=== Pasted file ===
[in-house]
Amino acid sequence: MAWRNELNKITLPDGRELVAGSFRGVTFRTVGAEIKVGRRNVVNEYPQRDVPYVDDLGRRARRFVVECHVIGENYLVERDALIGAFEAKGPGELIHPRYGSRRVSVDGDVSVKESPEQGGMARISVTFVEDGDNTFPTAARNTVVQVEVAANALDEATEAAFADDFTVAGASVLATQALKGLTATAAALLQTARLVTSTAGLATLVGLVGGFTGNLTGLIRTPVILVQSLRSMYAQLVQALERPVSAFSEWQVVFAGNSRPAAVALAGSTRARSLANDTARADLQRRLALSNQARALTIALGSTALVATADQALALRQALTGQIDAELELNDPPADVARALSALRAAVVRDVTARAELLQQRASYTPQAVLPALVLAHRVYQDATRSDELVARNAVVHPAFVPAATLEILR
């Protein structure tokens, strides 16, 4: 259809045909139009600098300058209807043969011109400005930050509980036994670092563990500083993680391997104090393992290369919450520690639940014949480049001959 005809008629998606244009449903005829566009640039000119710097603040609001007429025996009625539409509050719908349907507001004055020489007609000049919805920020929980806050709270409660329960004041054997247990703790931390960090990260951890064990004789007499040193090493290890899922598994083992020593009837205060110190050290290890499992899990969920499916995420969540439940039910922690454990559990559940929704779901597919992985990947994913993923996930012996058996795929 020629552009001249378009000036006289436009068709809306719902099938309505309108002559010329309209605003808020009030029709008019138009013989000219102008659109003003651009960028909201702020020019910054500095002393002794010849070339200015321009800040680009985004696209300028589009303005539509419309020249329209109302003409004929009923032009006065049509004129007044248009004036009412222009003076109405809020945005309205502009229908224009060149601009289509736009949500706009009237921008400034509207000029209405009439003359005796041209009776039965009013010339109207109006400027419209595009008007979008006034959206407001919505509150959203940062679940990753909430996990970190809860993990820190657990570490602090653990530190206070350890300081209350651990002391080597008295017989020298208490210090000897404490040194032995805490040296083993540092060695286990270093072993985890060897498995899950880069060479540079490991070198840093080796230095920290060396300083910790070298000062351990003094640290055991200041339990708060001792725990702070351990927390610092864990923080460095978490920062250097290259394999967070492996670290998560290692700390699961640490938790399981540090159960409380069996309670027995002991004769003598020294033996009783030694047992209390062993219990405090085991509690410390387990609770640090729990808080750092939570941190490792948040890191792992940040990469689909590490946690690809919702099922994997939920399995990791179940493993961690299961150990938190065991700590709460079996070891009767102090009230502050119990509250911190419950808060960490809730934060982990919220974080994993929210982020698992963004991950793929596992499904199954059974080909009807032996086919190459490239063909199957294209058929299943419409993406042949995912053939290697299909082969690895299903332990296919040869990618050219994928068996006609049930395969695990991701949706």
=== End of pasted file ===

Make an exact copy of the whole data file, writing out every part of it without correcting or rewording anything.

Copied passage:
[in-house]
Amino acid sequence: MAWRNELNKITLPDGRELVAGSFRGVTFRTVGAEIKVGRRNVVNEYPQRDVPYVDDLGRRARRFVVECHVIGENYLVERDALIGAFEAKGPGELIHPRYGSRRVSVDGDVSVKESPEQGGMARISVTFVEDGDNTFPTAARNTVVQVEVAANALDEATEAAFADDFTVAGASVLATQALKGLTATAAALLQTARLVTSTAGLATLVGLVGGFTGNLTGLIRTPVILVQSLRSMYAQLVQALERPVSAFSEWQVVFAGNSRPAAVALAGSTRARSLANDTARADLQRRLALSNQARALTIALGSTALVATADQALALRQALTGQIDAELELNDPPADVARALSALRAAVVRDVTARAELLQQRASYTPQAVLPALVLAHRVYQDATRSDELVARNAVVHPAFVPAATLEILR
């Protein structure tokens, strides 16, 4: 259809045909139009600098300058209807043969011109400005930050509980036994670092563990500083993680391997104090393992290369919450520690639940014949480049001959 005809008629998606244009449903005829566009640039000119710097603040609001007429025996009625539409509050719908349907507001004055020489007609000049919805920020929980806050709270409660329960004041054997247990703790931390960090990260951890064990004789007499040193090493290890899922598994083992020593009837205060110190050290290890499992899990969920499916995420969540439940039910922690454990559990559940929704779901597919992985990947994913993923996930012996058996795929 020629552009001249378009000036006289436009068709809306719902099938309505309108002559010329309209605003808020009030029709008019138009013989000219102008659109003003651009960028909201702020020019910054500095002393002794010849070339200015321009800040680009985004696209300028589009303005539509419309020249329209109302003409004929009923032009006065049509004129007044248009004036009412222009003076109405809020945005309205502009229908224009060149601009289509736009949500706009009237921008400034509207000029209405009439003359005796041209009776039965009013010339109207109006400027419209595009008007979008006034959206407001919505509150959203940062679940990753909430996990970190809860993990820190657990570490602090653990530190206070350890300081209350651990002391080597008295017989020298208490210090000897404490040194032995805490040296083993540092060695286990270093072993985890060897498995899950880069060479540079490991070198840093080796230095920290060396300083910790070298000062351990003094640290055991200041339990708060001792725990702070351990927390610092864990923080460095978490920062250097290259394999967070492996670290998560290692700390699961640490938790399981540090159960409380069996309670027995002991004769003598020294033996009783030694047992209390062993219990405090085991509690410390387990609770640090729990808080750092939570941190490792948040890191792992940040990469689909590490946690690809919702099922994997939920399995990791179940493993961690299961150990938190065991700590709460079996070891009767102090009230502050119990509250911190419950808060960490809730934060982990919220974080994993929210982020698992963004991950793929596992499904199954059974080909009807032996086919190459490239063909199957294209058929299943419409993406042949995912053939290697299909082969690895299903332990296919040869990618050219994928068996006609049930395969695990991701949706």